By the middle off October, Senora Peron was back in Buenos Aires, looking relaxed and well after her holiday. Cheering crowds were out in the streets to welcome her; but there were reservations among the labour leaders and armed forces chiefs, on whose supports she depended, as to whether things would be much different.
Within a month, the demands for her resignation had risen again, based on her alleged involvement in the misuse of public and charitable funds. Senora Peron took to her bed again, said to be suffering from a gall bladder complaint. And from the hospital she made a nation-wide television appearance, declaring that she had no intention of resigning.
Two weeks ago, once more looking fit and well, she took part in a ceremony with President Bordaberry of Uruguay, opening a new bridge across the river which separates their countries. If her health holds out, she has given every indication that her spirit and determination will do so too. How long she can retain the support of the influential leaders of the armed forces and the labour movement remains an open question.
SYNOPSIS: Maria Estela Peron -- or Isabel Peron as she is popularly known -- on her first day in office as President of Argentina. She had taken over form her husband, lying gravely ill, and was to succeed him on his death three days later.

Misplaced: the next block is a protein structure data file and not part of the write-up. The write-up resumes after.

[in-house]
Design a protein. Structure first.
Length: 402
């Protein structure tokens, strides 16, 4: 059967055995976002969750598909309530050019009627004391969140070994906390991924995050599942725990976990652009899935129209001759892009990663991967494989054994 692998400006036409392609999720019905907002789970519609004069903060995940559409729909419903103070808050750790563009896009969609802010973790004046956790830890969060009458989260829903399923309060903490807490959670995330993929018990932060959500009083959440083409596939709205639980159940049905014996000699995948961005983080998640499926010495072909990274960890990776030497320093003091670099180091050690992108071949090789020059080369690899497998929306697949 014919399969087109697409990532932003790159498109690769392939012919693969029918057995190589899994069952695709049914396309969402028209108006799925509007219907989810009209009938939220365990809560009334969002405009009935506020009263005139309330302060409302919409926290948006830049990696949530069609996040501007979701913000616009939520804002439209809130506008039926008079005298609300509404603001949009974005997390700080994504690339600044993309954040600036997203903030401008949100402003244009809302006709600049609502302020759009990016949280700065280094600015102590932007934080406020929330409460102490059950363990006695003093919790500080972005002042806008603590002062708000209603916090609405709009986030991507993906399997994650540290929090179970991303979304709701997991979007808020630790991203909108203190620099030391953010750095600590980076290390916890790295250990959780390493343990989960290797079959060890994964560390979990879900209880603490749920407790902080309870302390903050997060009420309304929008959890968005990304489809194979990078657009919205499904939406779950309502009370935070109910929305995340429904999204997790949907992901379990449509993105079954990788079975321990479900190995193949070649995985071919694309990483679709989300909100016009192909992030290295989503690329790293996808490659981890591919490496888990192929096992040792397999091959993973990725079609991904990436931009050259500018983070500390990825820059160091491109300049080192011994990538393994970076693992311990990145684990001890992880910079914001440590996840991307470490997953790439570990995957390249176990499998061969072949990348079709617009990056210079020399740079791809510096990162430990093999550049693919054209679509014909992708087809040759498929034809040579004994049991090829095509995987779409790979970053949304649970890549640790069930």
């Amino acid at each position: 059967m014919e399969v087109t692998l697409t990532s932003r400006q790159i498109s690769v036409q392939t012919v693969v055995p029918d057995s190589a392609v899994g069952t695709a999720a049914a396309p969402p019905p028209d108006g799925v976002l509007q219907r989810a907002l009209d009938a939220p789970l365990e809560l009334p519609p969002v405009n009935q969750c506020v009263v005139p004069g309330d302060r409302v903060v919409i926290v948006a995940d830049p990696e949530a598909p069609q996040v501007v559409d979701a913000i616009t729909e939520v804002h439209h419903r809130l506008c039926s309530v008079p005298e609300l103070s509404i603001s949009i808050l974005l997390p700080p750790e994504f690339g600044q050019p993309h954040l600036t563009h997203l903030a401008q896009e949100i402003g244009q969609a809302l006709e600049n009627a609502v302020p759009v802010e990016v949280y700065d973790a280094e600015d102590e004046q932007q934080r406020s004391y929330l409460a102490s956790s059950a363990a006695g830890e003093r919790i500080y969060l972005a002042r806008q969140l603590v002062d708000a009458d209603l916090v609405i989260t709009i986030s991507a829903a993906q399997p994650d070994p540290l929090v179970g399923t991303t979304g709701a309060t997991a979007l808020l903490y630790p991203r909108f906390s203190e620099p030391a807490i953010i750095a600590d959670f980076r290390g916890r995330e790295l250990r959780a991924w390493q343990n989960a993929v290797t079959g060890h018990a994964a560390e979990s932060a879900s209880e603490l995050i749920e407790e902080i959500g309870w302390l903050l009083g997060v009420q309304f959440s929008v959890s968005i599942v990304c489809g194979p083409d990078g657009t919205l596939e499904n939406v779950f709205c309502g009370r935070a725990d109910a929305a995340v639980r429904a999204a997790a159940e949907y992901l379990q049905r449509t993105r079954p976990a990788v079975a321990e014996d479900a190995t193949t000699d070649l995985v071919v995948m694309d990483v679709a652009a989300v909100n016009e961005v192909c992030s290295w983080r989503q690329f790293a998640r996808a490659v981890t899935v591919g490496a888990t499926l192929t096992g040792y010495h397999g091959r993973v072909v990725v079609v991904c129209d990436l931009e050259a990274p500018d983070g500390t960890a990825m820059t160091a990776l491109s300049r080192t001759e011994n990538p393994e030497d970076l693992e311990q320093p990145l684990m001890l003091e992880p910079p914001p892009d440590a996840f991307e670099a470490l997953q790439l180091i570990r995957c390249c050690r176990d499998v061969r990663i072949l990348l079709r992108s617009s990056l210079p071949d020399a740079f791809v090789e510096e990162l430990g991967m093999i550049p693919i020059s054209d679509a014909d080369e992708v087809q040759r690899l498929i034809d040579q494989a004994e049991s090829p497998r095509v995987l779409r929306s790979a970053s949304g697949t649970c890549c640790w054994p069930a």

Juan Peron, at the age of seventy-seven, made a remarkable come-back in 1973, after nine years in the Presidency and eighteen in exile.
But he survived less than a year. On his last public appearance, some weeks before his death, age and illness were clearly taking their toll.
He had insisted that Isabel be elected his Vice-President. On his death, she stepped into his shoes. She was his third wife, and had shared much of his exile. They had been married thirteen years.
The eighteen months of her Presidency have been marred by violence. Bombers struck at schools and newspaper offices; there were political assassinations; riots were broken up by the police. Both the extreme left and the far right were blamed.
The unpopular Minister for Social Welfare, Senor Jose Lopez Rega -- seated on Senora Peron's right -- was forced out of office by a general strike.
President Peron reshuffled her cabinet yet again, but this had little effect on the disastrous state of Argentina's economy, or the political unrest. Senora Peron had to give way and allow wage increases she had previously vetoed.
In September, Senator Luder, Speaker of the Senate took over the Presidency for five weeks. Senora Peron had called the cabinet, members of Congress and military and church leaders together and told them she was stepping down temporarily for a rest.
The unhappy situation had a serious effect on her health. Many people thought she would never return to office.
But in the middle of October, she flew back to Buenos Aires from the country club near Cordoba where she had been resting, looking relaxed and well. The people of the capital turned out to welcome her; but political and military leaders had their reservations about how long she would be able to carry on.
In November, while she was in hospital again, there were more demands for her resignation. She told the people in a television broadcast that she had no intention to giving up her post.